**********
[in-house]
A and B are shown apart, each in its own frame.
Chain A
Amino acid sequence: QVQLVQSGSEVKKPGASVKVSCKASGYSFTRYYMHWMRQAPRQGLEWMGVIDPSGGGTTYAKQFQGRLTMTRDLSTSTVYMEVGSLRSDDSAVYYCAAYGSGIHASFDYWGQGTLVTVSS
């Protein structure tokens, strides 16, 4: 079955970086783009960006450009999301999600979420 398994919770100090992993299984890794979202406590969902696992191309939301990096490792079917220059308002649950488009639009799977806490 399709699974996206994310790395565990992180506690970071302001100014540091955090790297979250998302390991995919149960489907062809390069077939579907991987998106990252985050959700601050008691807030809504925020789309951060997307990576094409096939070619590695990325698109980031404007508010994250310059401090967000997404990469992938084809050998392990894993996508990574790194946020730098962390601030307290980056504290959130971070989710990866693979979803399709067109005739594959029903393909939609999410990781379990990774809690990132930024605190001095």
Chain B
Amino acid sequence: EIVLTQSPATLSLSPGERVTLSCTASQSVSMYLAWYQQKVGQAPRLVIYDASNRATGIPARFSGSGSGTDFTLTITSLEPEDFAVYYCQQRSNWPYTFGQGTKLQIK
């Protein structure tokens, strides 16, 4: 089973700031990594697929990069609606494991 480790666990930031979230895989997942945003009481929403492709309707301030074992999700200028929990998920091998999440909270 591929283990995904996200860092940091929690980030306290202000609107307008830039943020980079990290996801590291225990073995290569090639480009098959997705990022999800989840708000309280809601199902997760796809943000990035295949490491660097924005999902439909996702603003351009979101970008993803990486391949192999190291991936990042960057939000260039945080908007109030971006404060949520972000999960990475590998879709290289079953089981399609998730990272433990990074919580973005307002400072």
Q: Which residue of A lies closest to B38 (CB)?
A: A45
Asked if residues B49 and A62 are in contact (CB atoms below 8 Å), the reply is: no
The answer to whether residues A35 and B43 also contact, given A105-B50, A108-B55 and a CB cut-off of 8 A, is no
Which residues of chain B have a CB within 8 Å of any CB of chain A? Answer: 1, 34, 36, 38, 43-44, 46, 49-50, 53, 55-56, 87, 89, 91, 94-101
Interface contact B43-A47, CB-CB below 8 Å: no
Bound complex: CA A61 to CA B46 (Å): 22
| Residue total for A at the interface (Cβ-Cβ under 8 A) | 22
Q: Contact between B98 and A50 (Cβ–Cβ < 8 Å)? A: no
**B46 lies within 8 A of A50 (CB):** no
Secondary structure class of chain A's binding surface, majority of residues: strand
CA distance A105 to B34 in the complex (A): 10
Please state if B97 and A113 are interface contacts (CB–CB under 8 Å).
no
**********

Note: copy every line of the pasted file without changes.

[in-house]
A and B are shown apart, each in its own frame.
Chain A
Amino acid sequence: QVQLVQSGSEVKKPGASVKVSCKASGYSFTRYYMHWMRQAPRQGLEWMGVIDPSGGGTTYAKQFQGRLTMTRDLSTSTVYMEVGSLRSDDSAVYYCAAYGSGIHASFDYWGQGTLVTVSS
């Protein structure tokens, strides 16, 4: 079955970086783009960006450009999301999600979420 398994919770100090992993299984890794979202406590969902696992191309939301990096490792079917220059308002649950488009639009799977806490 399709699974996206994310790395565990992180506690970071302001100014540091955090790297979250998302390991995919149960489907062809390069077939579907991987998106990252985050959700601050008691807030809504925020789309951060997307990576094409096939070619590695990325698109980031404007508010994250310059401090967000997404990469992938084809050998392990894993996508990574790194946020730098962390601030307290980056504290959130971070989710990866693979979803399709067109005739594959029903393909939609999410990781379990990774809690990132930024605190001095």
Chain B
Amino acid sequence: EIVLTQSPATLSLSPGERVTLSCTASQSVSMYLAWYQQKVGQAPRLVIYDASNRATGIPARFSGSGSGTDFTLTITSLEPEDFAVYYCQQRSNWPYTFGQGTKLQIK
């Protein structure tokens, strides 16, 4: 089973700031990594697929990069609606494991 480790666990930031979230895989997942945003009481929403492709309707301030074992999700200028929990998920091998999440909270 591929283990995904996200860092940091929690980030306290202000609107307008830039943020980079990290996801590291225990073995290569090639480009098959997705990022999800989840708000309280809601199902997760796809943000990035295949490491660097924005999902439909996702603003351009979101970008993803990486391949192999190291991936990042960057939000260039945080908007109030971006404060949520972000999960990475590998879709290289079953089981399609998730990272433990990074919580973005307002400072």
Q: Which residue of A lies closest to B38 (CB)?
A: A45
Asked if residues B49 and A62 are in contact (CB atoms below 8 Å), the reply is: no
The answer to whether residues A35 and B43 also contact, given A105-B50, A108-B55 and a CB cut-off of 8 A, is no
Which residues of chain B have a CB within 8 Å of any CB of chain A? Answer: 1, 34, 36, 38, 43-44, 46, 49-50, 53, 55-56, 87, 89, 91, 94-101
Interface contact B43-A47, CB-CB below 8 Å: no
Bound complex: CA A61 to CA B46 (Å): 22
| Residue total for A at the interface (Cβ-Cβ under 8 A) | 22
Q: Contact between B98 and A50 (Cβ–Cβ < 8 Å)? A: no
**B46 lies within 8 A of A50 (CB):** no
Secondary structure class of chain A's binding surface, majority of residues: strand
CA distance A105 to B34 in the complex (A): 10
Please state if B97 and A113 are interface contacts (CB–CB under 8 Å).
no